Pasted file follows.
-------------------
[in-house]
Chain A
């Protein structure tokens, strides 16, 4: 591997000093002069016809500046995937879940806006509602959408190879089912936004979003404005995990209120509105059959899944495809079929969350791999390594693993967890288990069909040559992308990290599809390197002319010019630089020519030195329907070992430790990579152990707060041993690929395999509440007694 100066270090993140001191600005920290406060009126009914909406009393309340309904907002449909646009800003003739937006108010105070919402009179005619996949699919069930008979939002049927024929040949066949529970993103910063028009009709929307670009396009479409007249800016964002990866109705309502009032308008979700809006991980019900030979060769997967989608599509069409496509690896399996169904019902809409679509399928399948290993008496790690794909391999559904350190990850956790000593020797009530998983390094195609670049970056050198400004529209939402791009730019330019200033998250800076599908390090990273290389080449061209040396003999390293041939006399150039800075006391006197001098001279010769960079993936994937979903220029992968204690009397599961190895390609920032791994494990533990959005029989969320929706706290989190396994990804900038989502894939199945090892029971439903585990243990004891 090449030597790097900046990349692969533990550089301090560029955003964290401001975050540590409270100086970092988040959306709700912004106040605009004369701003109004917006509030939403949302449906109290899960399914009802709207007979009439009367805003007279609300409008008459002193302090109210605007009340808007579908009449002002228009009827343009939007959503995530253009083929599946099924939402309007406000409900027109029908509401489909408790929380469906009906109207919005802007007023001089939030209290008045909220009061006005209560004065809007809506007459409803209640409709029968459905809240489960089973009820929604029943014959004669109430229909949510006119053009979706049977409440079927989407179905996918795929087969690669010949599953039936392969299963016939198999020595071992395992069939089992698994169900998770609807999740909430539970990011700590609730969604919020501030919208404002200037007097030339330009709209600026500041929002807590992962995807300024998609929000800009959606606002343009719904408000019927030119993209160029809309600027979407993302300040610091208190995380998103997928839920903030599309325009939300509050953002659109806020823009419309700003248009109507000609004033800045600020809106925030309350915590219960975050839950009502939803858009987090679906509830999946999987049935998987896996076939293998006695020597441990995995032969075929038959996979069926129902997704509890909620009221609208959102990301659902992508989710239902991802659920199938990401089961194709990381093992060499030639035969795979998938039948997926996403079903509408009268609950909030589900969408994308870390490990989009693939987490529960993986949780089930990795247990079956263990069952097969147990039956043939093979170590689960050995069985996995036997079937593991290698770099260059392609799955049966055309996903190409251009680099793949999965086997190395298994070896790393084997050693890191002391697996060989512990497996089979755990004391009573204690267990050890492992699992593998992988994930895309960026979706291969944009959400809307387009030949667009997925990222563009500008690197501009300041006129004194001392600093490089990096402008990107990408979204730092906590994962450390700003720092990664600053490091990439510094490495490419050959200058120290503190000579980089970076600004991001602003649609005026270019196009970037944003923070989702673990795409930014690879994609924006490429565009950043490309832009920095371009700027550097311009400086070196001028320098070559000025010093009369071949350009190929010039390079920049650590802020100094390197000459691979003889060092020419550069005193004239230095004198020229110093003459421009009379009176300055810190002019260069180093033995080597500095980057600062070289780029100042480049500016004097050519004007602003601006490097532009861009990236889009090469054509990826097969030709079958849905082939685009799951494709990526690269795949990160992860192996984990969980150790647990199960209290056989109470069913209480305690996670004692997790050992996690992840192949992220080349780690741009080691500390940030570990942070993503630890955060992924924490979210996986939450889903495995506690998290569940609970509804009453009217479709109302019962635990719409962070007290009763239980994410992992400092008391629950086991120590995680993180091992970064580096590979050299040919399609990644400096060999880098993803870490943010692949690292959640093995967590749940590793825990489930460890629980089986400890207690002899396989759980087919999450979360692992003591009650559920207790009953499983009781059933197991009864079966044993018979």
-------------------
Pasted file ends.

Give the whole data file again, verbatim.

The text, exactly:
[in-house]
Chain A
């Protein structure tokens, strides 16, 4: 591997000093002069016809500046995937879940806006509602959408190879089912936004979003404005995990209120509105059959899944495809079929969350791999390594693993967890288990069909040559992308990290599809390197002319010019630089020519030195329907070992430790990579152990707060041993690929395999509440007694 100066270090993140001191600005920290406060009126009914909406009393309340309904907002449909646009800003003739937006108010105070919402009179005619996949699919069930008979939002049927024929040949066949529970993103910063028009009709929307670009396009479409007249800016964002990866109705309502009032308008979700809006991980019900030979060769997967989608599509069409496509690896399996169904019902809409679509399928399948290993008496790690794909391999559904350190990850956790000593020797009530998983390094195609670049970056050198400004529209939402791009730019330019200033998250800076599908390090990273290389080449061209040396003999390293041939006399150039800075006391006197001098001279010769960079993936994937979903220029992968204690009397599961190895390609920032791994494990533990959005029989969320929706706290989190396994990804900038989502894939199945090892029971439903585990243990004891 090449030597790097900046990349692969533990550089301090560029955003964290401001975050540590409270100086970092988040959306709700912004106040605009004369701003109004917006509030939403949302449906109290899960399914009802709207007979009439009367805003007279609300409008008459002193302090109210605007009340808007579908009449002002228009009827343009939007959503995530253009083929599946099924939402309007406000409900027109029908509401489909408790929380469906009906109207919005802007007023001089939030209290008045909220009061006005209560004065809007809506007459409803209640409709029968459905809240489960089973009820929604029943014959004669109430229909949510006119053009979706049977409440079927989407179905996918795929087969690669010949599953039936392969299963016939198999020595071992395992069939089992698994169900998770609807999740909430539970990011700590609730969604919020501030919208404002200037007097030339330009709209600026500041929002807590992962995807300024998609929000800009959606606002343009719904408000019927030119993209160029809309600027979407993302300040610091208190995380998103997928839920903030599309325009939300509050953002659109806020823009419309700003248009109507000609004033800045600020809106925030309350915590219960975050839950009502939803858009987090679906509830999946999987049935998987896996076939293998006695020597441990995995032969075929038959996979069926129902997704509890909620009221609208959102990301659902992508989710239902991802659920199938990401089961194709990381093992060499030639035969795979998938039948997926996403079903509408009268609950909030589900969408994308870390490990989009693939987490529960993986949780089930990795247990079956263990069952097969147990039956043939093979170590689960050995069985996995036997079937593991290698770099260059392609799955049966055309996903190409251009680099793949999965086997190395298994070896790393084997050693890191002391697996060989512990497996089979755990004391009573204690267990050890492992699992593998992988994930895309960026979706291969944009959400809307387009030949667009997925990222563009500008690197501009300041006129004194001392600093490089990096402008990107990408979204730092906590994962450390700003720092990664600053490091990439510094490495490419050959200058120290503190000579980089970076600004991001602003649609005026270019196009970037944003923070989702673990795409930014690879994609924006490429565009950043490309832009920095371009700027550097311009400086070196001028320098070559000025010093009369071949350009190929010039390079920049650590802020100094390197000459691979003889060092020419550069005193004239230095004198020229110093003459421009009379009176300055810190002019260069180093033995080597500095980057600062070289780029100042480049500016004097050519004007602003601006490097532009861009990236889009090469054509990826097969030709079958849905082939685009799951494709990526690269795949990160992860192996984990969980150790647990199960209290056989109470069913209480305690996670004692997790050992996690992840192949992220080349780690741009080691500390940030570990942070993503630890955060992924924490979210996986939450889903495995506690998290569940609970509804009453009217479709109302019962635990719409962070007290009763239980994410992992400092008391629950086991120590995680993180091992970064580096590979050299040919399609990644400096060999880098993803870490943010692949690292959640093995967590749940590793825990489930460890629980089986400890207690002899396989759980087919999450979360692992003591009650559920207790009953499983009781059933197991009864079966044993018979």